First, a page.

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We want to help you stay uniquely you, which is why we’ve gathered some articles to give you better insight into identity theft and to help you understand how you can best protect yourself and your credit

The 3 Most Popular Scams in Canada

Identity Theft & Protection

As they pursue their victims’ most sensitive information, fraudsters and identity thieves are known for appealing to people’s emotions in the hopes that they will drop their guard. Data from the Better Business Bureau’s Scam Tracker shows that was no different last year, when scammers prodded their victims with fear, love and hope on their way to robbing Canadians of more than one billion dollars.

The Better Business Bureau estimates Canadians parted with as much as $1.2 billion as a result of scams last year. Leading the way were three familiar scams, all of which use emotion to disarm consumers before requesting cash or personal information. Despite their lack of originality, says BBB president Danielle Primrose, these same scams continue to prove successful for scammers.

“The bad news is scammers are finding new ways, new disguises to ply us with the same scams,” Primrose said in a statement by the BBB.

By taking a look at last year’s most common scams, perhaps we can be better equipped to put an end to this cycle.

CRA Tax Scam

All year long, scammers hit the phones, calling countless Canadians and posing as representatives of the Canadian Revenue Agency. While the scam took a number of different forms, in the most common the “agent” threatened to arrest or deport the victim unless he or she paid a series of made-up back taxes. Even if they were confident they were caught up on their taxes, this ultimatum instilled fear in its victims. In total, CRA scammers came away with $2.9 million last year, according to the BBB.

To avoid this trap between fear and vulnerability, the CBC reminds consumers that the CRA never operates with the aggression scammers use over the phone. Rather than engage with the caller, the CBC advises people to simply hang up and contact the CRA directly with any questions about their account.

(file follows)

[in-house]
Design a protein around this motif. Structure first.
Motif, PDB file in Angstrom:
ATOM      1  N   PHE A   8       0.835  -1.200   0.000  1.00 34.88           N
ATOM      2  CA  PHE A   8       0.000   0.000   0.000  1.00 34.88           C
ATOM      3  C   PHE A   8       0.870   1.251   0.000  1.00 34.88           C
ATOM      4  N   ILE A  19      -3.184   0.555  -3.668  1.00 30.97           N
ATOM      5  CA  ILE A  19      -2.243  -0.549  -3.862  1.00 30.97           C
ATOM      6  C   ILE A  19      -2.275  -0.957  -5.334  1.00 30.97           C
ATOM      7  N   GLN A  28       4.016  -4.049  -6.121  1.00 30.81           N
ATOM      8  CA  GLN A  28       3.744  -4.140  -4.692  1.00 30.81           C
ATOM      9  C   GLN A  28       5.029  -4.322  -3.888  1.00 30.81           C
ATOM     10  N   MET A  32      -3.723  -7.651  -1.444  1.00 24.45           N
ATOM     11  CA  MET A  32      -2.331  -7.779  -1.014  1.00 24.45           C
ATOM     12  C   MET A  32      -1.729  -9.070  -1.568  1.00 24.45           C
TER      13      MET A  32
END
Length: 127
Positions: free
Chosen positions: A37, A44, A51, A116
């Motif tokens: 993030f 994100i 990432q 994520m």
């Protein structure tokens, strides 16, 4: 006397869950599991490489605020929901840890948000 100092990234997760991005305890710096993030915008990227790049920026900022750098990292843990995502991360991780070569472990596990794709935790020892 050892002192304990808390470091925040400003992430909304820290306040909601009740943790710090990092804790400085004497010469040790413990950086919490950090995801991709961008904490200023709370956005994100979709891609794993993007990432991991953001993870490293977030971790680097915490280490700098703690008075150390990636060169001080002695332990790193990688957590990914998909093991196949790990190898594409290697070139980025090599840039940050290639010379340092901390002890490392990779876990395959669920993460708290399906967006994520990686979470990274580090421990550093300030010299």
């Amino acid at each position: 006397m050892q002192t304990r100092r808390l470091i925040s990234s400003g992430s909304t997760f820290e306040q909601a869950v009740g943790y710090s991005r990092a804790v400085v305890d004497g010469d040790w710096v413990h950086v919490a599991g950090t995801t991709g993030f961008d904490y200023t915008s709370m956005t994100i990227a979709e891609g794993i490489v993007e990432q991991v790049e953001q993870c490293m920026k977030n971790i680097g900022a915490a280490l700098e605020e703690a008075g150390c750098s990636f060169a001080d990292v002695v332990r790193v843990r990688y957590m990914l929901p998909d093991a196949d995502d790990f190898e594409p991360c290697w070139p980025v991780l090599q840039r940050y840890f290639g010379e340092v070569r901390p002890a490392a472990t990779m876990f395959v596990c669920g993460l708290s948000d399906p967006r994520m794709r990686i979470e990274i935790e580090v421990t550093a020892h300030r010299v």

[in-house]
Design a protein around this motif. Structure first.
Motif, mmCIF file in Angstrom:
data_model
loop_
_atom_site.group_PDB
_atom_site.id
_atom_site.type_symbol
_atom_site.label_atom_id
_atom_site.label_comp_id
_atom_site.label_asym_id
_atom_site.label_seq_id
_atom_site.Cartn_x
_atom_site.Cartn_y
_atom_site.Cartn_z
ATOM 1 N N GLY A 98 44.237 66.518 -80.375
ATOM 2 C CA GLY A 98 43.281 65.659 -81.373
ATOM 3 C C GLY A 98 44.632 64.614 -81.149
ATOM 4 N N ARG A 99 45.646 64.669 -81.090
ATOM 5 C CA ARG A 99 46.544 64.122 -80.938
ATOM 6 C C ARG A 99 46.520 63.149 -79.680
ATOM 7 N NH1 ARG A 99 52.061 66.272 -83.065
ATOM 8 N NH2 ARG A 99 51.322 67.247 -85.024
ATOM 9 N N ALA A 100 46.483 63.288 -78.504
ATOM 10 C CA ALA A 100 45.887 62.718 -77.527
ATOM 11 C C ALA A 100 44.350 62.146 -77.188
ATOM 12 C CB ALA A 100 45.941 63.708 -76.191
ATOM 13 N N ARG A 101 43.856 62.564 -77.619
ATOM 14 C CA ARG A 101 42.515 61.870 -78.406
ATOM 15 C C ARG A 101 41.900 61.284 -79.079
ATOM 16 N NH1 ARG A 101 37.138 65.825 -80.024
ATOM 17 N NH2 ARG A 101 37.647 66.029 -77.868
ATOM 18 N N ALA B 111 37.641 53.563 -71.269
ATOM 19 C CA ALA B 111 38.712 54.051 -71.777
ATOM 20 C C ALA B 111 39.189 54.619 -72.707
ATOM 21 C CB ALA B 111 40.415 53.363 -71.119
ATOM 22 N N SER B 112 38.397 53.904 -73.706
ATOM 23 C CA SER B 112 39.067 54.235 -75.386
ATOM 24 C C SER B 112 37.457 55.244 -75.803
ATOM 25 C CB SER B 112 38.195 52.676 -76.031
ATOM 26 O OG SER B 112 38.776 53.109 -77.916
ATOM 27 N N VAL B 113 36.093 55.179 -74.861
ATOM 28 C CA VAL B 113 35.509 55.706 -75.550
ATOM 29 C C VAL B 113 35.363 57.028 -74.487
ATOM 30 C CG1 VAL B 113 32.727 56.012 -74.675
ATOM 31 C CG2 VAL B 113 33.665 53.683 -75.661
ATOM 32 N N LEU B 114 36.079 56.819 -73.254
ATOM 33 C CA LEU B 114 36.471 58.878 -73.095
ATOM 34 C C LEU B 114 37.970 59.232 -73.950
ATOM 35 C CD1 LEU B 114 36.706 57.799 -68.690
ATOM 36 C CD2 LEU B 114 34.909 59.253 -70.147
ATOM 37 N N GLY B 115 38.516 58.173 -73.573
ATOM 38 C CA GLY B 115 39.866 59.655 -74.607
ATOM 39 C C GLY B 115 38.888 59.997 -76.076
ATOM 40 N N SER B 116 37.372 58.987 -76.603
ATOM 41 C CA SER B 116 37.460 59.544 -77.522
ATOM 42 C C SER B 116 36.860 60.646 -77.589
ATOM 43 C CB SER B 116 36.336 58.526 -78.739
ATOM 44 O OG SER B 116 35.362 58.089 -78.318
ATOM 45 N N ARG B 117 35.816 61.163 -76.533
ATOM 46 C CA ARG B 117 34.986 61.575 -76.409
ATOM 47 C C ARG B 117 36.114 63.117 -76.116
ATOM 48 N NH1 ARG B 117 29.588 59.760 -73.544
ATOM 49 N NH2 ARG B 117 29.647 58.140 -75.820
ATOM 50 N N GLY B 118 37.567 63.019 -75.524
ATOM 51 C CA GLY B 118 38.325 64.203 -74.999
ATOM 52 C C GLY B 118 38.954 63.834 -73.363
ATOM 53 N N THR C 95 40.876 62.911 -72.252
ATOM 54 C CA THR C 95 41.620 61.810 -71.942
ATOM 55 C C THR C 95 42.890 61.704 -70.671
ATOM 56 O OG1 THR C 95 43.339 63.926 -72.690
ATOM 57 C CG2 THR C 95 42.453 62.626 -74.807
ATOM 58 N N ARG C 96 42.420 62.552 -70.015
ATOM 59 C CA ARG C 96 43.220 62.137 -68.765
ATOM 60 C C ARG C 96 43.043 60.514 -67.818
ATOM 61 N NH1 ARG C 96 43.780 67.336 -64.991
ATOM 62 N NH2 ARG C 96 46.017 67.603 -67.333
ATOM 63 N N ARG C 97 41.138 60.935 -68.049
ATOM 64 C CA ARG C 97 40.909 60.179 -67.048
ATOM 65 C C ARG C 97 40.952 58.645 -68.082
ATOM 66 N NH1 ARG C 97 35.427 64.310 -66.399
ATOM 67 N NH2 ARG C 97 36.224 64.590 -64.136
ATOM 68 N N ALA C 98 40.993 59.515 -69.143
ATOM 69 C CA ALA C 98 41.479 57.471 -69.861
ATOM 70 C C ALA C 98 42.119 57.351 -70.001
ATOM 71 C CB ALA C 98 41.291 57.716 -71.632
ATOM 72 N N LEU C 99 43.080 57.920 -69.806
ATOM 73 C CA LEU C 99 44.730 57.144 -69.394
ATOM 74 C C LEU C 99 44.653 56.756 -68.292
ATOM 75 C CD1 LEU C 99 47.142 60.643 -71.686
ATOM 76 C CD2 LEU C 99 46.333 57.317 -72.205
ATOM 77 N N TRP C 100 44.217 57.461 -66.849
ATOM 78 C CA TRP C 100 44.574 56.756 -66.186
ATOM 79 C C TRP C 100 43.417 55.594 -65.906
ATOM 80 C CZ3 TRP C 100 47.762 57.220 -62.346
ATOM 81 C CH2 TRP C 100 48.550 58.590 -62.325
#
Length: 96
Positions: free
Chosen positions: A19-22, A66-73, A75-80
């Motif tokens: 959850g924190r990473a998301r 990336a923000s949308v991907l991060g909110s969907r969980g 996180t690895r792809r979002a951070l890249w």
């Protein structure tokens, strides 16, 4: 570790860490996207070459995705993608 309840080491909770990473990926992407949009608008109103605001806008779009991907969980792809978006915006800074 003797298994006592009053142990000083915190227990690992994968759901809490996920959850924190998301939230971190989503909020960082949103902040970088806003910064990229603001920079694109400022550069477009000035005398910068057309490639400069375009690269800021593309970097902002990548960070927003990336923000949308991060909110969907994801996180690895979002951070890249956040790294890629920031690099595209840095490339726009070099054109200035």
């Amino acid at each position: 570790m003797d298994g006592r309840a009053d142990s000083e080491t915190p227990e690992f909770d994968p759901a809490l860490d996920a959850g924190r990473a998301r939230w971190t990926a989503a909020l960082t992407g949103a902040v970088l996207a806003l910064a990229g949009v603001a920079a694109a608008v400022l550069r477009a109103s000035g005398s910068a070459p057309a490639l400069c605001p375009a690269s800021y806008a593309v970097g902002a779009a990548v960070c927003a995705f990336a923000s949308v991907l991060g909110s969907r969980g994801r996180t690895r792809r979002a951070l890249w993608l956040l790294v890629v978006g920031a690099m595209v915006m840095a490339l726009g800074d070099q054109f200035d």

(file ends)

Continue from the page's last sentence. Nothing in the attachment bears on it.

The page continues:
Heartbreak Scam

Of all the scams the BBB tracked this year, none netted close to the amount that romance scams brought in. According to Primrose, the $15.6 million scammers stole through fake relationships is nearly $10 million more than the total in any other category.

“Canadians are still giving away money in hopes of a new romantic relationship,” Primrose said in the release. “When as many as 20 percent of online profiles are believed to be fake, it’s an area where users really need to proceed with caution.”

Romance scammers may seem relatively benign at the beginning of new online relationships, taking it slow to mask their true intentions. At some point, however, they will start asking questions looking for personal information, or may even ask for cash or gifts. These scams are particularly difficult to deal with, as fraudsters wait until their victim feels a romantic connection before asking for help.

While you should avoid sending money or financial details over the internet anyway, this is especially true when dealing with someone you have never met in person. Before you begin revealing personal details about yourself to anyone you meet online, suggest a fact-to-face meeting. If he or she cancels or avoids this meeting again and again, there is a chance things may not be as they appear.

Lottery Scam

In this take of the well-known prize scam, fraudsters call or email their victims to announce they have won a lottery prize. Even though they don’t remember entering the contest, some consumers agree to pay a fee to unlock their prize. As it turns out, there is no lottery, and the fee simply becomes the prize for the scammer.

To make sure scammers don’t add your cash to the $6.5 million the BBB reports they gathered from this approach last year, simply hang up or ignore emails in which you’re asked to pay a fee to access a prize, especially if you don’t remember entering the sweepstakes. As the CBC puts it, “If you didn’t enter a contest, no one is going to give you the winning prize, even for a fee.”

While it may be easy to identify these as scams in hindsight, many scams are difficult to discern at the time. To help protect your identity in case a fraudster gets ahold of your information, consider signing up for a credit monitoring service. With its protection, you can get notified if certain activity shows on your credit file that may indicate fraud.

Contact us to learn more or get started today.